The metaphor ‘black dog’ is commonly used across the world to describe what it is like to have depression. There are countless organisations, articles, publications and campaigns with the metaphor in the spotlight. In the last six months, it has come to my attention though that some people feel this term should no longer be used.
As somebody with lived experience, it is a metaphor I use a lot, especially when referencing the video by the World Health Organisation, which is from author Matthew Johnstone’s book where he speaks about his own experiences with depression.
In June 2020, Mental Health First Aid England, a company that provides training around mental health, removed the black dog video from their courses.
CEO Simon Blake OBE stated “Over the past few weeks I have heard from a number of Black Instructor Members about the use of the Black Dog video on our courses. I have to acknowledge that as a white man (and dog lover) I had not considered the implications of this video. We know throughout history that ‘black’ is so often used in the English language to communicate something negative or as a metaphor associated with negativity, and I have learned in recent weeks that this video of the Black Dog is an extension of this.”
The removal of this video is one that took me by surprise when I found out. The video is one of only two videos that I’ve seen which I feel hit the nail on the head when it comes to my lived experience of depression (the other is The Stand Up Kid).
I am currently writing a book about my depression where I use the metaphor a handful of times. Following the removal of the video by MHFA England I began to think as to whether or not the metaphor is one that is ok to use. After some research, I found two issues surrounding the metaphor. The first is surrounding dogs.
Black dog syndrome
It has been found that black dogs are less likely to be adopted from rescue centres than lighter coloured dogs. This, in turn, leads to more being euthanised. One of the reasons for the lower number of black dogs being adopted is the misconception that black dogs are more likely to be violent; this is not the case. Colour makes no difference to the behaviour of a dog. The same goes for black cats, who are also less likely to be adopted.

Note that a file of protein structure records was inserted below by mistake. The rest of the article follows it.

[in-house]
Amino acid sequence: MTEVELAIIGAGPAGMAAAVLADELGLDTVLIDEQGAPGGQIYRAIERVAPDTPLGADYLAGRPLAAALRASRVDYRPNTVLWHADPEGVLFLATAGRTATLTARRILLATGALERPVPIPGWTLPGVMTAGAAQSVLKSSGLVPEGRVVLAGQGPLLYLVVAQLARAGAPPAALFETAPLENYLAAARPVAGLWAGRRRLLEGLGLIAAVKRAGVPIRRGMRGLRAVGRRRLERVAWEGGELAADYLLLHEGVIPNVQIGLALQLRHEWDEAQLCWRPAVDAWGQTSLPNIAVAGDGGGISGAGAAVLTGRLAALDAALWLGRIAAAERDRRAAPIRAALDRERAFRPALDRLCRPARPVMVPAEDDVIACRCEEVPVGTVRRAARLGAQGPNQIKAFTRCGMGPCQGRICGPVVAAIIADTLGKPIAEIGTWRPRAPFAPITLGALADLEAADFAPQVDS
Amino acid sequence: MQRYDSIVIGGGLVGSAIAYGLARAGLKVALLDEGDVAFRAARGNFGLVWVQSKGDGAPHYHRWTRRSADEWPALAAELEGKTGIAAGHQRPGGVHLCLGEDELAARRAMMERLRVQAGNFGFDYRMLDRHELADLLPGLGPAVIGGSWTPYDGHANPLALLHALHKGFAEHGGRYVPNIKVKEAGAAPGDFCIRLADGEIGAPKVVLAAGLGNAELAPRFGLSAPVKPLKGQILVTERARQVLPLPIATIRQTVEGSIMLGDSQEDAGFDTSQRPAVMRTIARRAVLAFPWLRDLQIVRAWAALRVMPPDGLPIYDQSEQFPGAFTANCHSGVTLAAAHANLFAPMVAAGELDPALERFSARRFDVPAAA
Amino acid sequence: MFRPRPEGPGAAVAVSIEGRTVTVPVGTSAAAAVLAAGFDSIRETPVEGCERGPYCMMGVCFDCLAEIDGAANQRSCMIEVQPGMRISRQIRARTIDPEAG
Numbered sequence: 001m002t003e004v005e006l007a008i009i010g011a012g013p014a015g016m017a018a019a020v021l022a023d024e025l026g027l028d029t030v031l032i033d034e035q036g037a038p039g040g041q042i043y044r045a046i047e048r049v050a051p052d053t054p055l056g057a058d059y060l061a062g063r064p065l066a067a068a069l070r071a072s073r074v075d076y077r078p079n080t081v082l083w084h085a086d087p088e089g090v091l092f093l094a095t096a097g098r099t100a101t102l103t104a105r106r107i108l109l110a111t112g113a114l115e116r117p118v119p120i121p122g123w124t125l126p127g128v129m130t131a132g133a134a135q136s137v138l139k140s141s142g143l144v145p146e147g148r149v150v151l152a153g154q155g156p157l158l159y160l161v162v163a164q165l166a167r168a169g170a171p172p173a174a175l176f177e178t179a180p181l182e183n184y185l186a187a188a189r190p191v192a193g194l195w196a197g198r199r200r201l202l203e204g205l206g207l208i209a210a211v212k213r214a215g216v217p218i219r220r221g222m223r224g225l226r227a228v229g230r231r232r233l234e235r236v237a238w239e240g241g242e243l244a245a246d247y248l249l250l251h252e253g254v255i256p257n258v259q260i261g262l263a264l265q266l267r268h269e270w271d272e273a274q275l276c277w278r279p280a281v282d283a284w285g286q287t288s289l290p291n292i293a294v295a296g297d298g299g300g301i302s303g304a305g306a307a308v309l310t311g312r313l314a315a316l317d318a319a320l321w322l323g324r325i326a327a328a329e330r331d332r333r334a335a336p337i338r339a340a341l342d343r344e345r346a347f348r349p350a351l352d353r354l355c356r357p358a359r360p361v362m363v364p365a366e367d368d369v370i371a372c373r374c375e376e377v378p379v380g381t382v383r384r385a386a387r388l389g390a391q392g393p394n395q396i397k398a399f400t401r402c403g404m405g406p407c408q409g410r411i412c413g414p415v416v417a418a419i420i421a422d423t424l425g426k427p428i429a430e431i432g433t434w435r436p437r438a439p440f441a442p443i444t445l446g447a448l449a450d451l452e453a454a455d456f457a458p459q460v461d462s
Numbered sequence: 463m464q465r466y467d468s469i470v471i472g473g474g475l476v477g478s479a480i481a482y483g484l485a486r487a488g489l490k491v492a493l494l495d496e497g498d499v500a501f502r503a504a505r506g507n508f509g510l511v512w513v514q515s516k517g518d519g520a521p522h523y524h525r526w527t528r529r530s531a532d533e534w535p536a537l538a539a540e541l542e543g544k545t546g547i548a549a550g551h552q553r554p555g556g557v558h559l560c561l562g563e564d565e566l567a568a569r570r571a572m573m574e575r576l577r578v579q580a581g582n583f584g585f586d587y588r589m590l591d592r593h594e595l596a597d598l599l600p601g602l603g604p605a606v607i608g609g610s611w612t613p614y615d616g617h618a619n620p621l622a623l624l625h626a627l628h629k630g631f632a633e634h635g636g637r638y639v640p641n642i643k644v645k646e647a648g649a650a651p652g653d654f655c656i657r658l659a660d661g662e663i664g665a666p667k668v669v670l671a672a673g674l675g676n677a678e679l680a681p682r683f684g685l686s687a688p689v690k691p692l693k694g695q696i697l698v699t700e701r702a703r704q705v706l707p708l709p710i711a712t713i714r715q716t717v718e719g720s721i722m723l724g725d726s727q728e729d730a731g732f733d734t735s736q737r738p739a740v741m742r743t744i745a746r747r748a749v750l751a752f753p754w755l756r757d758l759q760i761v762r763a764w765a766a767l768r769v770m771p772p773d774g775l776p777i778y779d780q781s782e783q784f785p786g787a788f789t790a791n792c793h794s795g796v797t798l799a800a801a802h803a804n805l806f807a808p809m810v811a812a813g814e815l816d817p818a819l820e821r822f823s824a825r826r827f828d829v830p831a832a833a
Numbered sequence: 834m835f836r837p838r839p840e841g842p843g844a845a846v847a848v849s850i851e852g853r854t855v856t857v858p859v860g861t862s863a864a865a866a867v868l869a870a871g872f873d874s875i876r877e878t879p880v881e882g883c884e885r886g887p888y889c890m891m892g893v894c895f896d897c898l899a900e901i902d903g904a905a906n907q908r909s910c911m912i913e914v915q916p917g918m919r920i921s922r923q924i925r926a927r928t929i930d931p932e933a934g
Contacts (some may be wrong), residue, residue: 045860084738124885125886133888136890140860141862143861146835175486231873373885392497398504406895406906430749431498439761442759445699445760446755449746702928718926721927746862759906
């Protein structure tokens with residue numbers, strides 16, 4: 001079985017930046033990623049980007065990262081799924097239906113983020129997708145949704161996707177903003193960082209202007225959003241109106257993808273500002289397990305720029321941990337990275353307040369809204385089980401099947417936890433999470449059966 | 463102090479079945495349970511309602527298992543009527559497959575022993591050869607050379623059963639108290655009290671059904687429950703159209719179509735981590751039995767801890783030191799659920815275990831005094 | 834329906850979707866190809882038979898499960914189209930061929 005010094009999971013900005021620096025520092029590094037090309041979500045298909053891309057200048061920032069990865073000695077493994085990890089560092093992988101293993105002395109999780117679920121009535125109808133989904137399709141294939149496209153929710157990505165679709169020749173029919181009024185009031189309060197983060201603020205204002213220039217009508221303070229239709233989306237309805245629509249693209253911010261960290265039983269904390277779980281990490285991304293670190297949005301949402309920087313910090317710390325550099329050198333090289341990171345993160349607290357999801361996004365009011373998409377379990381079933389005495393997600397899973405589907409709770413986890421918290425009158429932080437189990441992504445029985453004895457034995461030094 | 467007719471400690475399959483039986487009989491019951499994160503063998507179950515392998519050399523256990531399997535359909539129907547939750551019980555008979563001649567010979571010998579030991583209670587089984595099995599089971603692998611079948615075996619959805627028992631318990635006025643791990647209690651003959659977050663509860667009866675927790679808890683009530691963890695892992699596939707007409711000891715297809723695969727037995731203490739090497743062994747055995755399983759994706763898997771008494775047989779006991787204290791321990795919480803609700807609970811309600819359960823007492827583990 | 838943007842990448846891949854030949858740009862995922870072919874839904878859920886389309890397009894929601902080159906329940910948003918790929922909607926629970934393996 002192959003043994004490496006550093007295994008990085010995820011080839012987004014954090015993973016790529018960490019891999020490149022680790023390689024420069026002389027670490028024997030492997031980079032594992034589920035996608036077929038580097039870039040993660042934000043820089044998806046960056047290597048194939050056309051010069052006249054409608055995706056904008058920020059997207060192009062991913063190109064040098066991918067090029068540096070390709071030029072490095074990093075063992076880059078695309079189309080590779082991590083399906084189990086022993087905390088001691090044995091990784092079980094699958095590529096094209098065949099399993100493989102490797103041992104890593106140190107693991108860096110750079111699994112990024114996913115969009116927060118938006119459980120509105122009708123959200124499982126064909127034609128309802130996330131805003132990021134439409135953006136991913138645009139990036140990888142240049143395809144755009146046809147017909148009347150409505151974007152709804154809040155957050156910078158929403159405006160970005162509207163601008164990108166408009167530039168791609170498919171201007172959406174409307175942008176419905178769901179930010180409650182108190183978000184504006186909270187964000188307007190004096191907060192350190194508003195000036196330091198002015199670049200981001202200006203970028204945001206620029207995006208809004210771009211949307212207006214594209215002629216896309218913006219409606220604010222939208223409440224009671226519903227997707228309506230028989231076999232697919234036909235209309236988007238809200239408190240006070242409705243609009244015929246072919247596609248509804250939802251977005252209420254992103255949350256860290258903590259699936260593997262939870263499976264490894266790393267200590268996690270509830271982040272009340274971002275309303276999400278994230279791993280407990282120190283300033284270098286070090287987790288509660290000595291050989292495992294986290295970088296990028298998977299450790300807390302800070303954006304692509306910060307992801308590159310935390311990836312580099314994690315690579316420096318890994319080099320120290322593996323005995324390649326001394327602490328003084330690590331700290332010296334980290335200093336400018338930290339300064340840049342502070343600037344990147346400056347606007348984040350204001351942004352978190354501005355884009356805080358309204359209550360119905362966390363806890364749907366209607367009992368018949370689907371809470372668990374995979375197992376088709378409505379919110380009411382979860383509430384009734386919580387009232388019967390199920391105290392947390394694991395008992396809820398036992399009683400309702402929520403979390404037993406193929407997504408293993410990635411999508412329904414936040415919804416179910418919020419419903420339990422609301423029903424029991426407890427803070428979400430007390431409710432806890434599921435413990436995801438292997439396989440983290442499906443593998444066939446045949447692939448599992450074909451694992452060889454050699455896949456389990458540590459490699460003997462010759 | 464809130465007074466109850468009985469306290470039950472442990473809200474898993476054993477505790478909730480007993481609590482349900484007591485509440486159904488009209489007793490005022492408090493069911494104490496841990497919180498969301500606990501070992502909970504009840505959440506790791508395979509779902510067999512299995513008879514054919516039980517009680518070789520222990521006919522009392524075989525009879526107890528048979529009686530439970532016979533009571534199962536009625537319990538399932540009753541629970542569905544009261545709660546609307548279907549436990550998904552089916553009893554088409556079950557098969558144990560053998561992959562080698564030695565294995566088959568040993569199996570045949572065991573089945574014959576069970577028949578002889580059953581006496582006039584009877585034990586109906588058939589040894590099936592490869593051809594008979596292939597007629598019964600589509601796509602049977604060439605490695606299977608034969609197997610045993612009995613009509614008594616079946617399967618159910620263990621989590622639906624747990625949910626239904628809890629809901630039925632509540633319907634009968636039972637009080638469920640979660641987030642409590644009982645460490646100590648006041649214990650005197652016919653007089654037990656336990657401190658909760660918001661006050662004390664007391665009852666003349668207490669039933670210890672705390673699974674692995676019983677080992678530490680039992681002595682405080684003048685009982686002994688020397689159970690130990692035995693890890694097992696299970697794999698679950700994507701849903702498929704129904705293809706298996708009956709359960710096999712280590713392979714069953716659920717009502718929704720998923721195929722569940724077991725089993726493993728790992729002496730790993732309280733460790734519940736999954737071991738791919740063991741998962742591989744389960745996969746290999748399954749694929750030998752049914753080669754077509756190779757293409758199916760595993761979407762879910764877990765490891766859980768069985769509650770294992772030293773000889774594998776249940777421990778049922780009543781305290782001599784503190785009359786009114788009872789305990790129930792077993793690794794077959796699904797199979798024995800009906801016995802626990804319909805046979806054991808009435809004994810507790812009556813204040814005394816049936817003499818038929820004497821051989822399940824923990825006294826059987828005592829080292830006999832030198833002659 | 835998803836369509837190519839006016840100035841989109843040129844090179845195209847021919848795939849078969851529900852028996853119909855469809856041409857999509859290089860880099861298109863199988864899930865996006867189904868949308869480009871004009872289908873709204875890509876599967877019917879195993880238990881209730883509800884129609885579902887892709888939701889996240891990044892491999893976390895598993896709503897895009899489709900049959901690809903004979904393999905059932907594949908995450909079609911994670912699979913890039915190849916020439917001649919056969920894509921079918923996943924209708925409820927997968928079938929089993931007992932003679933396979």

Some feel that Winston Churchills references to his ‘black dog’, in this context, his depression, further fuels the negative connotations associated with dogs that are black.
If you can only remember 2 things that happened in 2020, it will most likely be the coronavirus pandemic and the Black Lives Matter Movement, which became headline news following the murder of George Floyd.
Following George Floyd’s murder, the issues surrounding racism that black people experience have been highlighted a lot more than before. One of these, is around everyday language.
In October 2020, Manchester University carried at a review Supporting the representation and inclusion of Black, Asian and Minority Ethnic (BAME) staff and students. One of the points outlined in the review was
“Some Black students raised the issue of language that is divisive and not inclusive being used and the student Voice Out report indicated linguistic concerns about Black being associated with negative expressions like • Blacklist and Whitelist (Good without doubt) • Blackmail • Black Sheep • Black Market, etc.”
In this, they gave evidence of the research piece carried out “Blacklists” and “whitelists”: a salutary warning concerning the prevalence of racist language in discussions of predatory publishing.
Manchester students are right in saying that the English language uses the term ‘black’ only in a negative way. Blacklisted, the Black plague and the black economy, to only name four. Of course, a firth one is the ‘black dog’ when talking about depression.
Whilst collecting the views of others on this subject, I gathered a lot of varied views from both those who are not BAME and those who are.
It was brought to my attention that the ‘black dog’ has been used as a racial slur, with one writing “In South Africa…during the apartheid regime it was commonplace to refer to the African populace as dogs and no we didn’t like it”
Dean Frenkel, an Australian writer and communications expert, wrote in a blog in 2017 on this topic “In fact, ‘black dog’ appears to have been used for centuries as a verbal assault by racists toward African Americans, Australian Aboriginals and other native peoples around the world. No spin can erase the stigma of ‘black dog’ from its nasty history.”
Adrian J Basford is a black Mental Health First Aid instructor from the Access Health Therapy in Staffordshire. He writes